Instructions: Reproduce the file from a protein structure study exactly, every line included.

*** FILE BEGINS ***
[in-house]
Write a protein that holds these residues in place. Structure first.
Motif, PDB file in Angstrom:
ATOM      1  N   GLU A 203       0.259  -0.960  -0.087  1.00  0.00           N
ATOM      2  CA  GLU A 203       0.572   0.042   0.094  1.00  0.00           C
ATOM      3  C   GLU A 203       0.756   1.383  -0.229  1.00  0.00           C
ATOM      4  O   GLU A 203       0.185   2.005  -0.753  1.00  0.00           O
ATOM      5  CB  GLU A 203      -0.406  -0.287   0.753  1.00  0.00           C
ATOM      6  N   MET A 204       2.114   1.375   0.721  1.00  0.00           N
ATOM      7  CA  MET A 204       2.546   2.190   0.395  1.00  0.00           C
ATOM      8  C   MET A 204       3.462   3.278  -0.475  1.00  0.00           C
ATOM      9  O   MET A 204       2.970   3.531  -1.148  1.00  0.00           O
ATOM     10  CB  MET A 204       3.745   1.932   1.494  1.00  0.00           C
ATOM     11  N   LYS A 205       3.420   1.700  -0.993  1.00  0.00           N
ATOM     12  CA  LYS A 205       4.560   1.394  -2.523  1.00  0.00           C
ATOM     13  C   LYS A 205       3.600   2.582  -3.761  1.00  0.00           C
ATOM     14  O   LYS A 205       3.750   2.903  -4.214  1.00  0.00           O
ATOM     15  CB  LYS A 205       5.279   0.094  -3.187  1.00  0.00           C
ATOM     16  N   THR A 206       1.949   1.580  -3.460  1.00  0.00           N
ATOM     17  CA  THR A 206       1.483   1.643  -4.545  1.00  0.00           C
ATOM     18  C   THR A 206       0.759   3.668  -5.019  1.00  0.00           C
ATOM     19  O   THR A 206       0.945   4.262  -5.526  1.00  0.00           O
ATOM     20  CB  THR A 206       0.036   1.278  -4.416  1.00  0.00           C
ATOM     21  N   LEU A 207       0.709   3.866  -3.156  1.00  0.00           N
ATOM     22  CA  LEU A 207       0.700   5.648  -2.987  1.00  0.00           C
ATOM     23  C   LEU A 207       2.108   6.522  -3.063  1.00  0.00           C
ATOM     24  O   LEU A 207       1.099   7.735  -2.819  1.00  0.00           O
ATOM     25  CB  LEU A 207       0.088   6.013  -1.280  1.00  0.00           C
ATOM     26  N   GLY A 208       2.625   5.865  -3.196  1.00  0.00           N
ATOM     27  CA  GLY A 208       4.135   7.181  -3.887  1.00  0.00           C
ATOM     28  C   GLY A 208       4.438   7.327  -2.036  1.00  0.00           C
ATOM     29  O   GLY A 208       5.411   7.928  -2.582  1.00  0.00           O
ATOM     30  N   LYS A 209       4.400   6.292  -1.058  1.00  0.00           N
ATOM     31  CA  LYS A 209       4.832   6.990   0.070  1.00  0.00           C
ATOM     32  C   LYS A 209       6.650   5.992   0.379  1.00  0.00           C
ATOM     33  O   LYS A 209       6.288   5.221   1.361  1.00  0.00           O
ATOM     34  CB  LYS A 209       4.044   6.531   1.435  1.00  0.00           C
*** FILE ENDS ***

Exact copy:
[in-house]
Write a protein that holds these residues in place. Structure first.
Motif, PDB file in Angstrom:
ATOM      1  N   GLU A 203       0.259  -0.960  -0.087  1.00  0.00           N
ATOM      2  CA  GLU A 203       0.572   0.042   0.094  1.00  0.00           C
ATOM      3  C   GLU A 203       0.756   1.383  -0.229  1.00  0.00           C
ATOM      4  O   GLU A 203       0.185   2.005  -0.753  1.00  0.00           O
ATOM      5  CB  GLU A 203      -0.406  -0.287   0.753  1.00  0.00           C
ATOM      6  N   MET A 204       2.114   1.375   0.721  1.00  0.00           N
ATOM      7  CA  MET A 204       2.546   2.190   0.395  1.00  0.00           C
ATOM      8  C   MET A 204       3.462   3.278  -0.475  1.00  0.00           C
ATOM      9  O   MET A 204       2.970   3.531  -1.148  1.00  0.00           O
ATOM     10  CB  MET A 204       3.745   1.932   1.494  1.00  0.00           C
ATOM     11  N   LYS A 205       3.420   1.700  -0.993  1.00  0.00           N
ATOM     12  CA  LYS A 205       4.560   1.394  -2.523  1.00  0.00           C
ATOM     13  C   LYS A 205       3.600   2.582  -3.761  1.00  0.00           C
ATOM     14  O   LYS A 205       3.750   2.903  -4.214  1.00  0.00           O
ATOM     15  CB  LYS A 205       5.279   0.094  -3.187  1.00  0.00           C
ATOM     16  N   THR A 206       1.949   1.580  -3.460  1.00  0.00           N
ATOM     17  CA  THR A 206       1.483   1.643  -4.545  1.00  0.00           C
ATOM     18  C   THR A 206       0.759   3.668  -5.019  1.00  0.00           C
ATOM     19  O   THR A 206       0.945   4.262  -5.526  1.00  0.00           O
ATOM     20  CB  THR A 206       0.036   1.278  -4.416  1.00  0.00           C
ATOM     21  N   LEU A 207       0.709   3.866  -3.156  1.00  0.00           N
ATOM     22  CA  LEU A 207       0.700   5.648  -2.987  1.00  0.00           C
ATOM     23  C   LEU A 207       2.108   6.522  -3.063  1.00  0.00           C
ATOM     24  O   LEU A 207       1.099   7.735  -2.819  1.00  0.00           O
ATOM     25  CB  LEU A 207       0.088   6.013  -1.280  1.00  0.00           C
ATOM     26  N   GLY A 208       2.625   5.865  -3.196  1.00  0.00           N
ATOM     27  CA  GLY A 208       4.135   7.181  -3.887  1.00  0.00           C
ATOM     28  C   GLY A 208       4.438   7.327  -2.036  1.00  0.00           C
ATOM     29  O   GLY A 208       5.411   7.928  -2.582  1.00  0.00           O
ATOM     30  N   LYS A 209       4.400   6.292  -1.058  1.00  0.00           N
ATOM     31  CA  LYS A 209       4.832   6.990   0.070  1.00  0.00           C
ATOM     32  C   LYS A 209       6.650   5.992   0.379  1.00  0.00           C
ATOM     33  O   LYS A 209       6.288   5.221   1.361  1.00  0.00           O
ATOM     34  CB  LYS A 209       4.044   6.531   1.435  1.00  0.00           C